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Insights into Megillat Esther

  • Prof. Yonatan Grossman



Insights into Megillat Esther

By Rav Yonatan Grossman & Rav Yehoshua Reiss


We would like to offer a number of short and unrelated insights into major themes and ideas in Megillat Esther, to serve as food for thought as you hear the Megilla this Purim.


Every story that is made up of a chain of events has a starting point. However, it is not always clear from where the story should begin. The Sages debate the question, "From which point does a person read the Megilla in order to fulfill his obligation?" In fact, the parties to this debate reflect differing views as to where the crux of the story begins:

Rabbi Meir says: The whole thing.

Rabbi Yehuda says: From [the words, "There was] a Jewish man [in Shushan, the capital…]."

Rabbi Yossi says: From "After these things, [King Achashverosh promoted Haman]." (Mishna Megilla 2:3, 19a)

On the other hand, the Megilla conceivably could have started earlier than it actually does, such as with the coronation of Achashverosh, or with Mordekhai's adoption of Esther.

In fact, the Megilla opens with Achashverosh's banquet for his servants, even though, at first glance, this seems to have nothing to do with the main plot. Attention should be paid to the fact that the main events of the Megilla take place in the twelfth year of Achashverosh's reign, but the story begins with the banquet in the third year of his reign. Apparently, this is meant to emphasize the foresight of Divine Providence: it was the removal of Vashti in the third year that prepared the ground for the salvation of the Jews in the twelfth year. At the time, her removal looked like a regular royal scandal, with no ramifications for history. Only a perspective of many years revealed this event to have paved the way for the salvation of Israel from the terrible fate that awaited them.

In the Megilla, Divine Providence operates in hidden ways; therefore God's Name is not mentioned anywhere in it. This may be what the Sages allude to in their teaching:

Where is there a hint to Esther in the Torah? [From the words (Devarim 31:18),] "Va-Anokhi haster astir, I shall surely hide [My face…]." (Chullin 139b)

Through the manner of its writing, Megillat Esther presents its readers with a challenge of faith: one has to seek the Divine Providence leading events to unfold the way we see them – even if God's hand is not clearly revealed in them.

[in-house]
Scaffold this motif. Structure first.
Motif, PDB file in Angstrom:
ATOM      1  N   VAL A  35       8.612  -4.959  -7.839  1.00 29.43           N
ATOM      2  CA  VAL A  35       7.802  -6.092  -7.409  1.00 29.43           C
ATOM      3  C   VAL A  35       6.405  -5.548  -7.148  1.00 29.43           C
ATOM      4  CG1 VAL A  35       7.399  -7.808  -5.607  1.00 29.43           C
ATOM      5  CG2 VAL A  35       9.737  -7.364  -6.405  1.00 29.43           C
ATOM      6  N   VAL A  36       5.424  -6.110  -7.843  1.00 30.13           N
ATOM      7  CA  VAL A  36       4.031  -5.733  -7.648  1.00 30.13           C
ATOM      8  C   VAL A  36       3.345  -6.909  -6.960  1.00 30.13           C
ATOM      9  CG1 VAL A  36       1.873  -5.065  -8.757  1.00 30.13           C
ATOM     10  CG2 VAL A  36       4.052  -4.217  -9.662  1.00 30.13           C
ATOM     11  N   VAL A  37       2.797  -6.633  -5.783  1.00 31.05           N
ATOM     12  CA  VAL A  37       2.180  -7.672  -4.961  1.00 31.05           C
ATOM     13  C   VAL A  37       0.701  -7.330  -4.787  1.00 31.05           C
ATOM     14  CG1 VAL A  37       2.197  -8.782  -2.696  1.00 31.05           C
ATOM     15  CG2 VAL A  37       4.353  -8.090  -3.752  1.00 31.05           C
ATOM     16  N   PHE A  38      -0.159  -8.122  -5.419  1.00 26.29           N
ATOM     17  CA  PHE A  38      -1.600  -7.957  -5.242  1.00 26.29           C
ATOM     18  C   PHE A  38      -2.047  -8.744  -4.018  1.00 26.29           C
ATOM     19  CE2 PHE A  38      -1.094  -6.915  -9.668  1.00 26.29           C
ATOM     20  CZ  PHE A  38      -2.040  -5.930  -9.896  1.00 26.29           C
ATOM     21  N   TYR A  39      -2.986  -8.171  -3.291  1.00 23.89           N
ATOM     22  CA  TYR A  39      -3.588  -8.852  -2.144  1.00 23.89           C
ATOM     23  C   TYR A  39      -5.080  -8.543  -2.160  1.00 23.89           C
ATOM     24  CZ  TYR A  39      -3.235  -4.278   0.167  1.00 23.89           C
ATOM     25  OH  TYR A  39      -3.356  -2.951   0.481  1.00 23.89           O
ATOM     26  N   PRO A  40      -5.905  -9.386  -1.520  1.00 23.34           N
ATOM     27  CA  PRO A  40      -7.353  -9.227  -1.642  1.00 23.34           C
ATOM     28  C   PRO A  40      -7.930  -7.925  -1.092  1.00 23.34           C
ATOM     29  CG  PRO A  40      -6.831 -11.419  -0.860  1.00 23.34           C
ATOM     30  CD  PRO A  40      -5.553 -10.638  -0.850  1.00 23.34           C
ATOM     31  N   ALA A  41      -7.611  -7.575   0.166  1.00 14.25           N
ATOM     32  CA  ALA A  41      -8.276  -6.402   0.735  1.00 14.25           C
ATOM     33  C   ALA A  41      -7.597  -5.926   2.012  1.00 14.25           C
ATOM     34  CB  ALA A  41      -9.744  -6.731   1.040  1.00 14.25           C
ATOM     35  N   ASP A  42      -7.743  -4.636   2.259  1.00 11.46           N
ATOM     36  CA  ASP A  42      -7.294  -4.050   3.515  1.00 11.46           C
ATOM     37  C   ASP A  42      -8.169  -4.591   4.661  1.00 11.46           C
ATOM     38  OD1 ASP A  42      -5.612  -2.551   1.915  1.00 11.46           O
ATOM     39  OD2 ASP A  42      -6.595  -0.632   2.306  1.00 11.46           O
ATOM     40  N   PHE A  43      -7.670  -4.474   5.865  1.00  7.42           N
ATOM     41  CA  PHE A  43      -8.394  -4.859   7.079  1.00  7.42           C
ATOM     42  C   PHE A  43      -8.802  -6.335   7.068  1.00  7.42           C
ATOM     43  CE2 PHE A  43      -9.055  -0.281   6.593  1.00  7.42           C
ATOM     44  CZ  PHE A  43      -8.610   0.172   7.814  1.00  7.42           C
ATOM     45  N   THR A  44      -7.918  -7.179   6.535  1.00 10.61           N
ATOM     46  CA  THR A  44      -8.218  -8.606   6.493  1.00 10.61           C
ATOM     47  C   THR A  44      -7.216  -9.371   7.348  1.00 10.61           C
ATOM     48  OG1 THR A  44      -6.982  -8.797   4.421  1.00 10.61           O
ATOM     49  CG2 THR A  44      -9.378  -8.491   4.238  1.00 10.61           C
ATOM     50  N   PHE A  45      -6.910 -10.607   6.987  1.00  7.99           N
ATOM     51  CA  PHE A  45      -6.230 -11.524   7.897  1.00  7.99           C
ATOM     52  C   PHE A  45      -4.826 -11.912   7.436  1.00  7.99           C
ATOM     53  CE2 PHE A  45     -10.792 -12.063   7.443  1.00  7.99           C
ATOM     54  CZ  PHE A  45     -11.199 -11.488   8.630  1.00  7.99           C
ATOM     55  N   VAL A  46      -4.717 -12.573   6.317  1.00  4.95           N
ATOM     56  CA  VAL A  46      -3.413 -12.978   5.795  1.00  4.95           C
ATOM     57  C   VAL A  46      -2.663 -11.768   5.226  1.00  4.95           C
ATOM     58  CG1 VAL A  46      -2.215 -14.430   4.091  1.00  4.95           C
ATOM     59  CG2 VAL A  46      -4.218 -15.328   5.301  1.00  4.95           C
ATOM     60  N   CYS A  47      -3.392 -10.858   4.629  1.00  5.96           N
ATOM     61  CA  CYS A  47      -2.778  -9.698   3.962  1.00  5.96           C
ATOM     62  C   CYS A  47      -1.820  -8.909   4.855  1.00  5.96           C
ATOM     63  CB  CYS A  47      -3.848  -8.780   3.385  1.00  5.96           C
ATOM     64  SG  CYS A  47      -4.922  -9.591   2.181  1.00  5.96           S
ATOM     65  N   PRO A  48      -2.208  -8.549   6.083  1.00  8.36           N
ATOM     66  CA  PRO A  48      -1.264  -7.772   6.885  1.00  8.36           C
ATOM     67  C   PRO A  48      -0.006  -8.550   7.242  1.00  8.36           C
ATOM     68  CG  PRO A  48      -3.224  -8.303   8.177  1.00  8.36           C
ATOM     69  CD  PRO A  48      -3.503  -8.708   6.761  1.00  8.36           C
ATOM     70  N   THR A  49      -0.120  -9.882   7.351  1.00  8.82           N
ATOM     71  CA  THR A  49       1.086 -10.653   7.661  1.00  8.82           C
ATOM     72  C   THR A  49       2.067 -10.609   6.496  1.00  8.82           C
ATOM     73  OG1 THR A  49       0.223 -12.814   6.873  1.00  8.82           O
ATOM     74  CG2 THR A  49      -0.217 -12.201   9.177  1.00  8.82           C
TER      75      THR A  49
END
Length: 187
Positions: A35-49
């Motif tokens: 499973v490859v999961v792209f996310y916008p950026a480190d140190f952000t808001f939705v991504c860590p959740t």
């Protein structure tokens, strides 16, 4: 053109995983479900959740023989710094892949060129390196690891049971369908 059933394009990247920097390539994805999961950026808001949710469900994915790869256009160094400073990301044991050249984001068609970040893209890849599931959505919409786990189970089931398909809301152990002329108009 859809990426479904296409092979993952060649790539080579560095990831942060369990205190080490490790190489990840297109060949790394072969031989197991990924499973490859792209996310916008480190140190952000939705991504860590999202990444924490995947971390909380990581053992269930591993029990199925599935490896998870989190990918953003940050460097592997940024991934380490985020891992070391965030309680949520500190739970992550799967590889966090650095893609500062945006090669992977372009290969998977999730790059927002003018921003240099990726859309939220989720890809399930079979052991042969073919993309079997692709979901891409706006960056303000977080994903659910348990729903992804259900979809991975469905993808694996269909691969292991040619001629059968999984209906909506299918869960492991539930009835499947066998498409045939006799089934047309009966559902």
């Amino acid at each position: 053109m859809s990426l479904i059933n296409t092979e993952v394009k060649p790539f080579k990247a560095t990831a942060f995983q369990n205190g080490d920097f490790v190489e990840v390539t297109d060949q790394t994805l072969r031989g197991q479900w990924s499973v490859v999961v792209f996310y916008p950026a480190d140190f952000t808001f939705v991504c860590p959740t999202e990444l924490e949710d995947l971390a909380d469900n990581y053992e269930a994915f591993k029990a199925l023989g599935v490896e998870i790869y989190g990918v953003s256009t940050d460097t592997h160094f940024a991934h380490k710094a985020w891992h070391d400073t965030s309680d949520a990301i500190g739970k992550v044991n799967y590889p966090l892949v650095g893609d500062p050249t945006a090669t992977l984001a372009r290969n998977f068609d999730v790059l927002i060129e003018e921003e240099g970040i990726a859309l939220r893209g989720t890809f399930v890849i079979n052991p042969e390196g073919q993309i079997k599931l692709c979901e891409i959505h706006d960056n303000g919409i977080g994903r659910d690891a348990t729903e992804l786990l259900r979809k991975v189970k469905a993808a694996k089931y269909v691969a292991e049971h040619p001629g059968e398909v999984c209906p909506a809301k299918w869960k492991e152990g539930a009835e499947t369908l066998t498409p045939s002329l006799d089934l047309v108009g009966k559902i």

The two main characters of the Megilla – Mordekhai and Esther – bring about the salvation of the Jews. Why is the Megilla named after Esther and not after Mordekhai?

If we seek the true main character of the story, we must divide the Megilla into two parts. Up until the moment when Mordekhai convinces Esther to appear before the king and to beseech him on behalf of her people (chapter 4), Mordekhai is presented as the main character. He is extremely active, while Esther is presented as subordinate to him and passive ("Whatever Mordekhai said, Esther would do"). In this first half, Mordekhai is the hero, and the plot revolves around him (his refusal to bow down before Haman, his overhearing Bigtan and Teresh, etc.).

However, once Esther agrees, with great self-sacrifice on behalf of the Jewish people, to enter the king's presence, she begins to lead events, while Mordekhai becomes subordinate to her ("Mordekhai came before the king because Esther had told what he was to her"). Henceforth, the plot centers on her (the two parties that she hosts for the king and Haman, her accusation and request, etc.), and the Megilla as a whole is named after her.

When festival is accepted by the Jews of all the provinces, we again find an emphasis on Esther's request rather than that of Mordekhai: "And Esther's word confirmed these matters of Purim, and it was written in the book" (9:32). The fact that the Megilla is named after her serves to emphasize the self-sacrifice that led to the eventual salvation. It was Esther's human action on behalf of her nation that brought to realization the machinations of hidden Divine Providence, and ultimately also the acceptance by the Jews of Shushan and of all the provinces of Esther's wish that thanks and praise be offered to God for their redemption from their enemies.


Towards the end of the Megilla, the text describes the turnaround which is the essence of the story: "…On the day when the enemies of the Jews hoped to have power over them, it was turned upside down – that the Jews themselves would rule over their enemies" (9:1). The same idea finds expression in the "boomerang" literary structure of the Megilla narrative, as we shall set forth.